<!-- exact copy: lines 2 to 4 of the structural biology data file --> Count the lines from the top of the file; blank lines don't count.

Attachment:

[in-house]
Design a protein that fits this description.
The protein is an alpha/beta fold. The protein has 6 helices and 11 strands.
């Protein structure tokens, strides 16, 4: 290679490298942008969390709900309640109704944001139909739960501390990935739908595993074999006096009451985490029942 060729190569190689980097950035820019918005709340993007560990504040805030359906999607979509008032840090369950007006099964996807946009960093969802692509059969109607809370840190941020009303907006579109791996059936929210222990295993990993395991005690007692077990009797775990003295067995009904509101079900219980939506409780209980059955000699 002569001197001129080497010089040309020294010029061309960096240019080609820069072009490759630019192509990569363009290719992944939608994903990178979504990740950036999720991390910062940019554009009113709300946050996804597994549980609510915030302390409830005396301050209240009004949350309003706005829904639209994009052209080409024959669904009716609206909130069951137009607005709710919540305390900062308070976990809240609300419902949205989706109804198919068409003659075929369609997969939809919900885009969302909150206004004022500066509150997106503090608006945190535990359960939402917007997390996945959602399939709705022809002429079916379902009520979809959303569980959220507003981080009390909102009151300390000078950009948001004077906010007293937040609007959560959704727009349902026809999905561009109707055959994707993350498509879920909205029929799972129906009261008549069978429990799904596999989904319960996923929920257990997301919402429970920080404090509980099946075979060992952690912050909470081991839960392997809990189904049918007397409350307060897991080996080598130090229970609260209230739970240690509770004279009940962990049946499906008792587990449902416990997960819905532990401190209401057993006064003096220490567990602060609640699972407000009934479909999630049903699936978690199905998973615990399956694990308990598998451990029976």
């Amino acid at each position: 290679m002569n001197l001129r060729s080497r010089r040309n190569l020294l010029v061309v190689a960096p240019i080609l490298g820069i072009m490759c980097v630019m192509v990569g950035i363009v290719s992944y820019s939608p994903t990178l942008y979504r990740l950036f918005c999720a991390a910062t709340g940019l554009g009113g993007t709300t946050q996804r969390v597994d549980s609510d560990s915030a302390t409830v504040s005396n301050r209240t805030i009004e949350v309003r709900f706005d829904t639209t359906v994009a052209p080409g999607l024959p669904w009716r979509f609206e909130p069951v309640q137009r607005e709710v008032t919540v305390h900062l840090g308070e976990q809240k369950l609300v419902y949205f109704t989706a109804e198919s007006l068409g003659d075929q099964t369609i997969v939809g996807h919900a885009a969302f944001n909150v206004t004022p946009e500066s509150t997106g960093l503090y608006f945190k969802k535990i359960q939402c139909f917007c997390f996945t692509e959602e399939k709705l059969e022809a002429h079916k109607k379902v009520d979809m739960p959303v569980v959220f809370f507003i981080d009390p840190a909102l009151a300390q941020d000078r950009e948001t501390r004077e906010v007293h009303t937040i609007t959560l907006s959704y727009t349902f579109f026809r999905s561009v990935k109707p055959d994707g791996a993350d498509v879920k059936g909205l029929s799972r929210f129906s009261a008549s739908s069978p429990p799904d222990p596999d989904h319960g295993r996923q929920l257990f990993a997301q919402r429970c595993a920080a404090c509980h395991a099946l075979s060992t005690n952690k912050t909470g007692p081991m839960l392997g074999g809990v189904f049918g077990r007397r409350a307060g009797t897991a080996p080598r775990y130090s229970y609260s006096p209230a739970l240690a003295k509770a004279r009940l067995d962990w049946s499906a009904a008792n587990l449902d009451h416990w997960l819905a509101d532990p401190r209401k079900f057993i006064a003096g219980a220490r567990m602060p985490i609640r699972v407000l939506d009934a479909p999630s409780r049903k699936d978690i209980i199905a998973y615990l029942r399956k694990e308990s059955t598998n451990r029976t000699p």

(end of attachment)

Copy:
Design a protein that fits this description.
The protein is an alpha/beta fold. The protein has 6 helices and 11 strands.
């Protein structure tokens, strides 16, 4: 290679490298942008969390709900309640109704944001139909739960501390990935739908595993074999006096009451985490029942 060729190569190689980097950035820019918005709340993007560990504040805030359906999607979509008032840090369950007006099964996807946009960093969802692509059969109607809370840190941020009303907006579109791996059936929210222990295993990993395991005690007692077990009797775990003295067995009904509101079900219980939506409780209980059955000699 002569001197001129080497010089040309020294010029061309960096240019080609820069072009490759630019192509990569363009290719992944939608994903990178979504990740950036999720991390910062940019554009009113709300946050996804597994549980609510915030302390409830005396301050209240009004949350309003706005829904639209994009052209080409024959669904009716609206909130069951137009607005709710919540305390900062308070976990809240609300419902949205989706109804198919068409003659075929369609997969939809919900885009969302909150206004004022500066509150997106503090608006945190535990359960939402917007997390996945959602399939709705022809002429079916379902009520979809959303569980959220507003981080009390909102009151300390000078950009948001004077906010007293937040609007959560959704727009349902026809999905561009109707055959994707993350498509879920909205029929799972129906009261008549069978429990799904596999989904319960996923929920257990997301919402429970920080404090509980099946075979060992952690912050909470081991839960392997809990189904049918007397409350307060897991080996080598130090229970609260209230739970240690509770004279009940962990049946499906008792587990449902416990997960819905532990401190209401057993006064003096220490567990602060609640699972407000009934479909999630049903699936978690199905998973615990399956694990308990598998451990029976």